Commercial leases – a guide
Work patterns have changed for many people since the beginning of the pandemic with millions of people now working from home. As lockdown restrictions ease many businesses are slowly moving back into their commercial premises, so it is sensible for business owners to review their property needs and requirements going forward.
Here are some frequently asked questions about commercial leases to help guide with your decision making.
My lease is coming to an end within the next 12 months but I’m not sure if we want to stay or move?
You can end the tenancy by moving out of the premises by the end date specified in the lease. If you are unsure about your future business plans you could discuss options with the landlord. They may allow you to remain in occupation as long as you continue paying rent and give say three months’ notice to end the tenancy.
Now could also be a good time to negotiate a new lease on more favourable terms so take legal advice to discuss your options.
I want to find a smaller business premises as most of my team are now working from home, can I just end my lease?
Firstly, check if your lease has a break clause which allows either you or the landlord to end the lease at a specific date without waiting for the full term of the lease to expire. If you want to break the lease you must comply with any conditions in the lease which could include giving notice – typically six months. The landlord can refuse the break in certain circumstances, typically if you are behind with rent payments but beware, as even small breaches of your lease can provide grounds for refusal. It is important to take legal advice before exercising a break clause to make sure you get it right.
There may be other options in the absence of a break clause.
You might have the right to assign the lease or sublet to another business so they become the new tenant. This does not however completely remove your legal responsibilities or potential financial liabilities, so you should take legal advice before taking either of these steps. Failing that you can negotiate the surrender of the lease with the landlord but they will normally expect some compensation, so it might not be an economically viable option.
Be aware of your responsibilities at the end of the lease as they can be extensive. With many serviced offices you may need to carry out internal decoration or replace carpets whilst a full repairing and insuring lease might mean you are responsible for both internal and external structural repairs and maintenance. Again, it is important to take legal advice before signing a lease to understand your full obligations.
My landlord has refused to extend my commercial lease, is there anything I can do?
This depends on the type of lease you have, the length of it and if you agreed to give up the right of renewal when the lease began. Also, if you are in breach of your lease for example for not paying the rent or keeping to maintenance responsibilities. The landlord may also wish to use the premises for a different use as planning rules have recently changed to help stimulate town centres. Take legal advice to see if you can both reach an amicable agreement.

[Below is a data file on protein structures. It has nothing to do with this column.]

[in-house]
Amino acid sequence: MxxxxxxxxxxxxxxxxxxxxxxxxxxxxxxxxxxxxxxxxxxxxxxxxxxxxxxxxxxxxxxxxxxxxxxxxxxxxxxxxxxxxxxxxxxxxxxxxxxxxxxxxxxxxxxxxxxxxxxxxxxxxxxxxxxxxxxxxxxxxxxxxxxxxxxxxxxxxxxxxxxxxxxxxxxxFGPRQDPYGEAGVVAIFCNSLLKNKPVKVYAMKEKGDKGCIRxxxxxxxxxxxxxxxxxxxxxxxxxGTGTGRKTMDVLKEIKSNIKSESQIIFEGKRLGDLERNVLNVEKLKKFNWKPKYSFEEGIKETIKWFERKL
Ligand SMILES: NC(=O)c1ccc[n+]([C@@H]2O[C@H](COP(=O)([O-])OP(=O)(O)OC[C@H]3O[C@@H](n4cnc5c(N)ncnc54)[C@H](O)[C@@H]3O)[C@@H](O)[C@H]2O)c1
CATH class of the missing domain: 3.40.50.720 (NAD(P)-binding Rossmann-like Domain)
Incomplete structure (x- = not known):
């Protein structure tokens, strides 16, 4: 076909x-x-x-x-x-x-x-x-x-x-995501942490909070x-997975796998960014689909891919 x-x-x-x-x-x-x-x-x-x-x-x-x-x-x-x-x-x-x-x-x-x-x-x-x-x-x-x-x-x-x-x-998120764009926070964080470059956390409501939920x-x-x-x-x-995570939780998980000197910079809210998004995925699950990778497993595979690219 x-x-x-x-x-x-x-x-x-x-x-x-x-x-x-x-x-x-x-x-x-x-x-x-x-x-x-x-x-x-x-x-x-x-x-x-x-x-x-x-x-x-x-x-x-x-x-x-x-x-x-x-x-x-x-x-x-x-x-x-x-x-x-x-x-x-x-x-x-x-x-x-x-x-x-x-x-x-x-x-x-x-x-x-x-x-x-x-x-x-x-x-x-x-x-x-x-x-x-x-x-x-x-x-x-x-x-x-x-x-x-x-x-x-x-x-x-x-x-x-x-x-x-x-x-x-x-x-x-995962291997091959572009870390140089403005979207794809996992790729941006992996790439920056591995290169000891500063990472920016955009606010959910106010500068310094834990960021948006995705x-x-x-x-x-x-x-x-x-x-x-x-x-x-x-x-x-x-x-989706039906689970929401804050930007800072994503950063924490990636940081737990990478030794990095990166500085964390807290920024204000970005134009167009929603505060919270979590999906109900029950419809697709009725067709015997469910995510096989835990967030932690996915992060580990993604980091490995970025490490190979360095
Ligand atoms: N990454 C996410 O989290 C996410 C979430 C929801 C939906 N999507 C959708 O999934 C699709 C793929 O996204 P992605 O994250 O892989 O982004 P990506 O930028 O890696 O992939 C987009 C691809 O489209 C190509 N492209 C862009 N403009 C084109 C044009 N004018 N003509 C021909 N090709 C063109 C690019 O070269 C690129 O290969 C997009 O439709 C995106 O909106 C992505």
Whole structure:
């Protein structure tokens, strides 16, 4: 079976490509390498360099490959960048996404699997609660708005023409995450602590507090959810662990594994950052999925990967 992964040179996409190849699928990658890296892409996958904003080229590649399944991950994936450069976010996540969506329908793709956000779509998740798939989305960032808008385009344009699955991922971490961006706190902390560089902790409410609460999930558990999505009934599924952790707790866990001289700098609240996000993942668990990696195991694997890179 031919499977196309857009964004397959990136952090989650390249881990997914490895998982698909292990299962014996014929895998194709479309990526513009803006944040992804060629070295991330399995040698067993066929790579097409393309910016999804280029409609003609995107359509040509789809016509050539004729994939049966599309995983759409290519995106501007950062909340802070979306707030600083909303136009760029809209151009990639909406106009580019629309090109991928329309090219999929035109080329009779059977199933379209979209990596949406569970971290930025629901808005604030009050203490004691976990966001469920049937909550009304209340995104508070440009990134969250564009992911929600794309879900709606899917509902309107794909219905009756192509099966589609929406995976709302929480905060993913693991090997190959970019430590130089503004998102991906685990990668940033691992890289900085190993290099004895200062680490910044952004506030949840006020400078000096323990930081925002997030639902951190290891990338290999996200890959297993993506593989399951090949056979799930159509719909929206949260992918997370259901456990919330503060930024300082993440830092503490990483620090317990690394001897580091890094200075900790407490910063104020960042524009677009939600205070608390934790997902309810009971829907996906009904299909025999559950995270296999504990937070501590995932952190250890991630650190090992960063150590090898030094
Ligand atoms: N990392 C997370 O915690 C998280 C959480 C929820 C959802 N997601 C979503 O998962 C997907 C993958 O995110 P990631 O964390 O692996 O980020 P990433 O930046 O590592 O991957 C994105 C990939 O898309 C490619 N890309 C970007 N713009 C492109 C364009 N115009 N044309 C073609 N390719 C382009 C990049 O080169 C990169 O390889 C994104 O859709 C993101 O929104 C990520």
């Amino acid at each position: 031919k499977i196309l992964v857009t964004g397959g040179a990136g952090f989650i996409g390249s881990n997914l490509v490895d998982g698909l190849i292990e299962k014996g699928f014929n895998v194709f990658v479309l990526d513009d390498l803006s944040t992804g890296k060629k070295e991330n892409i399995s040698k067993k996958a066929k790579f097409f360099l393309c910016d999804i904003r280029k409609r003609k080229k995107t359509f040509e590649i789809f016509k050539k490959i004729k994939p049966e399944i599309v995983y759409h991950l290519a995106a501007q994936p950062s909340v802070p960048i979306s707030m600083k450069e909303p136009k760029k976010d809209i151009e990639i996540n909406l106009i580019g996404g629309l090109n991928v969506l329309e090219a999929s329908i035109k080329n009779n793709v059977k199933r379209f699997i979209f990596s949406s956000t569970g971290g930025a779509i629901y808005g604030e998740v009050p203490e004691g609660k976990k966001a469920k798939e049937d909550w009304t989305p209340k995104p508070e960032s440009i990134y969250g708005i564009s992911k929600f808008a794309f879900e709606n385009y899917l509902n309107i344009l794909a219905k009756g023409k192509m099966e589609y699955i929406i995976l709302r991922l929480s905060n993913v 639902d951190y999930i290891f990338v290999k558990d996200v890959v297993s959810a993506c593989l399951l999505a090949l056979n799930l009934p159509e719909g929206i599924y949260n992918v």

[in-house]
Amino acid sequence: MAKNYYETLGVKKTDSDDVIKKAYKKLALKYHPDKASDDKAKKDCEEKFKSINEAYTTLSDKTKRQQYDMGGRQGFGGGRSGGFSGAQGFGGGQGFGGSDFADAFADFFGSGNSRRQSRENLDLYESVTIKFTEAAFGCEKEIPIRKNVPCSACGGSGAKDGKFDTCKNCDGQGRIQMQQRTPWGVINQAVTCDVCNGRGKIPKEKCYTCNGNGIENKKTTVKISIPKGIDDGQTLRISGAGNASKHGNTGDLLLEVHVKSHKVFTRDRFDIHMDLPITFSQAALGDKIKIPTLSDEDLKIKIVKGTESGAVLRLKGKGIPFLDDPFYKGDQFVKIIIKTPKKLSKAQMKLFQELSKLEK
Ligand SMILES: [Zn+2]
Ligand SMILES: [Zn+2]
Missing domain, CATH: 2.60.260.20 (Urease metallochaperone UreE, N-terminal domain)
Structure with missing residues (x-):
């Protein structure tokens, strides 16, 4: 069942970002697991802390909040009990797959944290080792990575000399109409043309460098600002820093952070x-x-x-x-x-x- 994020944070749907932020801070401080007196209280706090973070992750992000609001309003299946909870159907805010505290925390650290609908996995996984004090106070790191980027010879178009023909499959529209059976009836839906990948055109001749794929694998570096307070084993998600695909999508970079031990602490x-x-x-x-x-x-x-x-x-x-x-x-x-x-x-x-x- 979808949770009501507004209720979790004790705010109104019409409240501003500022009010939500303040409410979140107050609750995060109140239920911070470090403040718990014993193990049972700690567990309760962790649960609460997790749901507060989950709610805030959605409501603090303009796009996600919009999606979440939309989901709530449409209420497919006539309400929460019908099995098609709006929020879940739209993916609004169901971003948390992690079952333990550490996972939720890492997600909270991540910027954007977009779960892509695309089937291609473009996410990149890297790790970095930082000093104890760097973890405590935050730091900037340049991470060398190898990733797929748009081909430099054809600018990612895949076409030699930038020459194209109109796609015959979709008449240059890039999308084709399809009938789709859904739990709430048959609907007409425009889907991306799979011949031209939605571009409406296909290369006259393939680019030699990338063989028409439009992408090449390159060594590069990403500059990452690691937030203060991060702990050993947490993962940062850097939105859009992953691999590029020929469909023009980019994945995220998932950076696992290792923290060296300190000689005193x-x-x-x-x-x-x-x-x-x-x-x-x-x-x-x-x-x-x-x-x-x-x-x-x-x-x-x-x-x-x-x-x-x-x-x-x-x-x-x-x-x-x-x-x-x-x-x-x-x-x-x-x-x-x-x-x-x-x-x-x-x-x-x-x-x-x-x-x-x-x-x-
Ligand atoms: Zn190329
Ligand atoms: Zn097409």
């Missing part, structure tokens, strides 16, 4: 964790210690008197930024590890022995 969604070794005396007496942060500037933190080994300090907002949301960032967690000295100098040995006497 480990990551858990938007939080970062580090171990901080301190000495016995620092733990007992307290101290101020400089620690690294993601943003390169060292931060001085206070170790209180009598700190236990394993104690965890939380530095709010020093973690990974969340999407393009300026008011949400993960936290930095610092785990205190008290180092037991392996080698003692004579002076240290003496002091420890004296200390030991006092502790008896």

We are in discussions with our landlord who wants to increase our rent but we don’t think this is fair or accurate given the current pandemic, what can we do?
Rent reviews follow a procedure which should be set out in your lease. Normally, but not always, it is based on open market rents. If you feel the new rent being asked is too high then you can appoint a surveyor to help you to negotiate with your landlord. It is also important to take into account the cost of moving your business, adapting a new premises, the cost of new stationary, advertising, client communications etc, not to mention the cost of a surveyor, which may all be far higher than the proposed rent increase itself.
We have decided to make some changes to our business offering, do I need to check with my landlord that this is ok?
Your lease will specify what the business premises can be used for so it is important to take advice first. Many leases have clauses which prohibit any significant alterations or change of use without the landlord’s consent. You would also have to consider if your use is in line with the Use Class permitted or if you need planning permission from the Local Authority to change it.
My landlord is selling the property my premises is in, does this mean my business will have to move?
Not necessarily as you are protected by the terms of your lease. However you should be aware that if there is a break clause, the new landlord might wish to exercise their right to end the lease. They may be interested in having a discussion with you about their future plans for the property and might be willing to offer you alternative premises or a payment to end the lease early, so it is worth having a discussion with them.
Taking professional advice at an early stage can help you to successfully negotiate the best outcome for you and your business, so get in touch with our team today.
Marianne Webb is a partner at Gullands Solicitors firstname.lastname@example.org